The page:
as the Cartesian coordinate system does. For qualities that are represented
along two straight lines, these lines yield an entire area, not points or lines.
For example, the product of a given speed and a given quantity of time is
represented by a linear length in the modern Cartesian coordinate system,
while they are composed into and represented by a plane surface in Oresme’s
diagrams. In Châtelet’s words, in the modern representation, “the relation L
= VT (Length = Velocity x Time) makes this bit of the abscissa ‘correspond’
to this bit of the ordinate, thus atrophying the horizontality of the abscissa and
the verticality of the ordinate.” Coordination is thus a form of reduction, while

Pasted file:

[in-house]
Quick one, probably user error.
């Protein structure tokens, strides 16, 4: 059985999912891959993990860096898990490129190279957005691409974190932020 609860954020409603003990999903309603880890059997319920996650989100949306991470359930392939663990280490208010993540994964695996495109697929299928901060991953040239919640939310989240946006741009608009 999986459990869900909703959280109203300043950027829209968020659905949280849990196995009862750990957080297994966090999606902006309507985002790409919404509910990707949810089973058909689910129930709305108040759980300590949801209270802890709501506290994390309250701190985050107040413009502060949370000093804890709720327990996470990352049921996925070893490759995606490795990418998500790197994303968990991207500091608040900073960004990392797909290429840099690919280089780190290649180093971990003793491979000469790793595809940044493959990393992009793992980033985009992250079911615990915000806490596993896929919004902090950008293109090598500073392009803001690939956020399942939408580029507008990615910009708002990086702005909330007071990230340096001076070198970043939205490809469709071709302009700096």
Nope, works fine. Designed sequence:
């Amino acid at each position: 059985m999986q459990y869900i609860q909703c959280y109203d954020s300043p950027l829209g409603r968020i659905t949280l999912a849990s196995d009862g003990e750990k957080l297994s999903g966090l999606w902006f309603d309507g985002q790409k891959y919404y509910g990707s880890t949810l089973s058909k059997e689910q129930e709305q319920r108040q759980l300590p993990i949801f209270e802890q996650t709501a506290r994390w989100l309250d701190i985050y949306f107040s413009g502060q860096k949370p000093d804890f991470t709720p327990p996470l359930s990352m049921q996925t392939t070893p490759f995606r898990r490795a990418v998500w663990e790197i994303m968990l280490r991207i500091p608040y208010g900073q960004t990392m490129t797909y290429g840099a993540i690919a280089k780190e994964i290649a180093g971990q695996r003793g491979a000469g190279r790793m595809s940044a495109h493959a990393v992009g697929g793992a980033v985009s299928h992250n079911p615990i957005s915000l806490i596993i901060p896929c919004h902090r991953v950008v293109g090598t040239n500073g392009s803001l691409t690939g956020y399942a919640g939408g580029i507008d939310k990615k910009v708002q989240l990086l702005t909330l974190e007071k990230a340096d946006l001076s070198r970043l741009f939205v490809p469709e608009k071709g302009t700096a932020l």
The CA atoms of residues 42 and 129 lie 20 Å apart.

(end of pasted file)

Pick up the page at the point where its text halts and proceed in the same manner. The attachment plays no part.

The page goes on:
composition is not. Châtelet explains Oresme’s achievement, so foreign to
both the modern and the contemporary ‘mechanician’ alike: “In representing length as an area, Oresme showed that he had succeeded in grasping
intensities and extensions in one common intuition, without going beyond a
tradition that carefully distinguished them.”38 Oresme’s diagrams allow qualities to be given a double expression, in both extensive and intensive terms.
Deleuze approves of this duality and of preserving—while composing—the
distinctive difference between intensity and extension. Hence, Boyer overlooks an important feature of Oresme’s thought that distinguishes it from
Descartes’ coordinate system and from contemporary graphic representations
of continuous change.
Deleuze never abandons the language of either intensity or longitude
and does not affirm the value of the historical transformations that converted
intensive longitudes into extended quantities—along with the same conversion for intensive quantities, as Boyer describes it. In fact, Boyer shows that